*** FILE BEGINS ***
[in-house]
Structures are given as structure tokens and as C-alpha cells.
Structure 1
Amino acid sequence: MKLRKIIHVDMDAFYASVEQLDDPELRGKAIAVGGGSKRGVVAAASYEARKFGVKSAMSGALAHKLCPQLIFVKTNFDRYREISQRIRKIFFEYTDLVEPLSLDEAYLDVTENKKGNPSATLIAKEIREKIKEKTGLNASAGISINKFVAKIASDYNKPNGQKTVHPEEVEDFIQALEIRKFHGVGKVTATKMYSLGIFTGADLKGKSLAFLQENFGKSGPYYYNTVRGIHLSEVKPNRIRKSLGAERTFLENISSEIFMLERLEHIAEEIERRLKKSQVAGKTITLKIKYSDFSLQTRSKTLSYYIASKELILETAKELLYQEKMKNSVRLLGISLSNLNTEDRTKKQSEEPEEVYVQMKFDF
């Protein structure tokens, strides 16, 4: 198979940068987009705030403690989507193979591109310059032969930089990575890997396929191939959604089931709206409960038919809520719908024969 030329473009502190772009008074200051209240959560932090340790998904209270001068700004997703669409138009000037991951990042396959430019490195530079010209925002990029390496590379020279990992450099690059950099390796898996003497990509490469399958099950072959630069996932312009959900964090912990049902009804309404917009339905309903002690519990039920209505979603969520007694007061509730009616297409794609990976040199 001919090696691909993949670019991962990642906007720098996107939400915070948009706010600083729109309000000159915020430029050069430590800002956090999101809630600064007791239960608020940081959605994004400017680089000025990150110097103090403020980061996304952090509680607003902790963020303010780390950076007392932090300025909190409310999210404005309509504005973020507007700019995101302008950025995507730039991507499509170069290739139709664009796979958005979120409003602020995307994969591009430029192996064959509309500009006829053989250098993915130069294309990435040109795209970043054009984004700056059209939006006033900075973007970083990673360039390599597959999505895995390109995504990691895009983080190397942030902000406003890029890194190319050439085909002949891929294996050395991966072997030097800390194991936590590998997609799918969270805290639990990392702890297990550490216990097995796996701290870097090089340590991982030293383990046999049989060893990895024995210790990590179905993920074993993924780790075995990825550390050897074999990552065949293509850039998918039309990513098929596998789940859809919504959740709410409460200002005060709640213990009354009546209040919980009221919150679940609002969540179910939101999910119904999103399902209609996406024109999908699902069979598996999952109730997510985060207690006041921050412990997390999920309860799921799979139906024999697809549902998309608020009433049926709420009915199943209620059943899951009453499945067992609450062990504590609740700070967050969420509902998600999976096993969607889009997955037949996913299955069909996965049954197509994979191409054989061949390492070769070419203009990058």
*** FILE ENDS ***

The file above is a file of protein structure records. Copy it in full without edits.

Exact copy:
[in-house]
Structures are given as structure tokens and as C-alpha cells.
Structure 1
Amino acid sequence: MKLRKIIHVDMDAFYASVEQLDDPELRGKAIAVGGGSKRGVVAAASYEARKFGVKSAMSGALAHKLCPQLIFVKTNFDRYREISQRIRKIFFEYTDLVEPLSLDEAYLDVTENKKGNPSATLIAKEIREKIKEKTGLNASAGISINKFVAKIASDYNKPNGQKTVHPEEVEDFIQALEIRKFHGVGKVTATKMYSLGIFTGADLKGKSLAFLQENFGKSGPYYYNTVRGIHLSEVKPNRIRKSLGAERTFLENISSEIFMLERLEHIAEEIERRLKKSQVAGKTITLKIKYSDFSLQTRSKTLSYYIASKELILETAKELLYQEKMKNSVRLLGISLSNLNTEDRTKKQSEEPEEVYVQMKFDF
């Protein structure tokens, strides 16, 4: 198979940068987009705030403690989507193979591109310059032969930089990575890997396929191939959604089931709206409960038919809520719908024969 030329473009502190772009008074200051209240959560932090340790998904209270001068700004997703669409138009000037991951990042396959430019490195530079010209925002990029390496590379020279990992450099690059950099390796898996003497990509490469399958099950072959630069996932312009959900964090912990049902009804309404917009339905309903002690519990039920209505979603969520007694007061509730009616297409794609990976040199 001919090696691909993949670019991962990642906007720098996107939400915070948009706010600083729109309000000159915020430029050069430590800002956090999101809630600064007791239960608020940081959605994004400017680089000025990150110097103090403020980061996304952090509680607003902790963020303010780390950076007392932090300025909190409310999210404005309509504005973020507007700019995101302008950025995507730039991507499509170069290739139709664009796979958005979120409003602020995307994969591009430029192996064959509309500009006829053989250098993915130069294309990435040109795209970043054009984004700056059209939006006033900075973007970083990673360039390599597959999505895995390109995504990691895009983080190397942030902000406003890029890194190319050439085909002949891929294996050395991966072997030097800390194991936590590998997609799918969270805290639990990392702890297990550490216990097995796996701290870097090089340590991982030293383990046999049989060893990895024995210790990590179905993920074993993924780790075995990825550390050897074999990552065949293509850039998918039309990513098929596998789940859809919504959740709410409460200002005060709640213990009354009546209040919980009221919150679940609002969540179910939101999910119904999103399902209609996406024109999908699902069979598996999952109730997510985060207690006041921050412990997390999920309860799921799979139906024999697809549902998309608020009433049926709420009915199943209620059943899951009453499945067992609450062990504590609740700070967050969420509902998600999976096993969607889009997955037949996913299955069909996965049954197509994979191409054989061949390492070769070419203009990058």